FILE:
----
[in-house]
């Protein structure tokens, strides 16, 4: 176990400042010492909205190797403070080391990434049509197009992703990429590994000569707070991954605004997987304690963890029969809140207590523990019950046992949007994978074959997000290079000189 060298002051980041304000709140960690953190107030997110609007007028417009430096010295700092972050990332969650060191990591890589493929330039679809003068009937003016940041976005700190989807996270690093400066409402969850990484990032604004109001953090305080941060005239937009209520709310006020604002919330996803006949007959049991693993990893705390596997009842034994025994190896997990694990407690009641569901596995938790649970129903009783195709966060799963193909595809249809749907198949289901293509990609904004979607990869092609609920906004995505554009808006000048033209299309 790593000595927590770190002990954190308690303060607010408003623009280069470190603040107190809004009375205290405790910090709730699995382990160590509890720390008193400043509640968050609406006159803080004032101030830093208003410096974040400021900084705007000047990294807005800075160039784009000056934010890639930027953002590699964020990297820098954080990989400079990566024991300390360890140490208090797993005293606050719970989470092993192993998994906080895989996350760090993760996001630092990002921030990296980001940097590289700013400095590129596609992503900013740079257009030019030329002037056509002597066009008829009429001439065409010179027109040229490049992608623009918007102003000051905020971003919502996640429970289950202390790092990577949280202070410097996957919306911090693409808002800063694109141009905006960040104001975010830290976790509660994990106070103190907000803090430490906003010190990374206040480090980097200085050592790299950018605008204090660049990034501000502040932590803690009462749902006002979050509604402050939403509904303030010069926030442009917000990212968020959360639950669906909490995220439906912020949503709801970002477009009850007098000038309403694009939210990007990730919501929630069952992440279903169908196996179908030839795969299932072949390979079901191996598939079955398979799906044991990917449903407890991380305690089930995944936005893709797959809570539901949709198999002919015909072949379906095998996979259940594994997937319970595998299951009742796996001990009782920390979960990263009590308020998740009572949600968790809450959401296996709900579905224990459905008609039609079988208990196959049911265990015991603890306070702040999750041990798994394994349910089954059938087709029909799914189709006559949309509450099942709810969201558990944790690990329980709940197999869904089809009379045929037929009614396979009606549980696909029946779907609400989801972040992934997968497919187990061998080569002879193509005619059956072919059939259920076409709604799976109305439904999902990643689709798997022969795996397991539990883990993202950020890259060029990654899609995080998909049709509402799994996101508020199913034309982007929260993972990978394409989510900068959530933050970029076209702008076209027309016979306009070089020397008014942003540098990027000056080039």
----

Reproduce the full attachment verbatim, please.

[in-house]
């Protein structure tokens, strides 16, 4: 176990400042010492909205190797403070080391990434049509197009992703990429590994000569707070991954605004997987304690963890029969809140207590523990019950046992949007994978074959997000290079000189 060298002051980041304000709140960690953190107030997110609007007028417009430096010295700092972050990332969650060191990591890589493929330039679809003068009937003016940041976005700190989807996270690093400066409402969850990484990032604004109001953090305080941060005239937009209520709310006020604002919330996803006949007959049991693993990893705390596997009842034994025994190896997990694990407690009641569901596995938790649970129903009783195709966060799963193909595809249809749907198949289901293509990609904004979607990869092609609920906004995505554009808006000048033209299309 790593000595927590770190002990954190308690303060607010408003623009280069470190603040107190809004009375205290405790910090709730699995382990160590509890720390008193400043509640968050609406006159803080004032101030830093208003410096974040400021900084705007000047990294807005800075160039784009000056934010890639930027953002590699964020990297820098954080990989400079990566024991300390360890140490208090797993005293606050719970989470092993192993998994906080895989996350760090993760996001630092990002921030990296980001940097590289700013400095590129596609992503900013740079257009030019030329002037056509002597066009008829009429001439065409010179027109040229490049992608623009918007102003000051905020971003919502996640429970289950202390790092990577949280202070410097996957919306911090693409808002800063694109141009905006960040104001975010830290976790509660994990106070103190907000803090430490906003010190990374206040480090980097200085050592790299950018605008204090660049990034501000502040932590803690009462749902006002979050509604402050939403509904303030010069926030442009917000990212968020959360639950669906909490995220439906912020949503709801970002477009009850007098000038309403694009939210990007990730919501929630069952992440279903169908196996179908030839795969299932072949390979079901191996598939079955398979799906044991990917449903407890991380305690089930995944936005893709797959809570539901949709198999002919015909072949379906095998996979259940594994997937319970595998299951009742796996001990009782920390979960990263009590308020998740009572949600968790809450959401296996709900579905224990459905008609039609079988208990196959049911265990015991603890306070702040999750041990798994394994349910089954059938087709029909799914189709006559949309509450099942709810969201558990944790690990329980709940197999869904089809009379045929037929009614396979009606549980696909029946779907609400989801972040992934997968497919187990061998080569002879193509005619059956072919059939259920076409709604799976109305439904999902990643689709798997022969795996397991539990883990993202950020890259060029990654899609995080998909049709509402799994996101508020199913034309982007929260993972990978394409989510900068959530933050970029076209702008076209027309016979306009070089020397008014942003540098990027000056080039």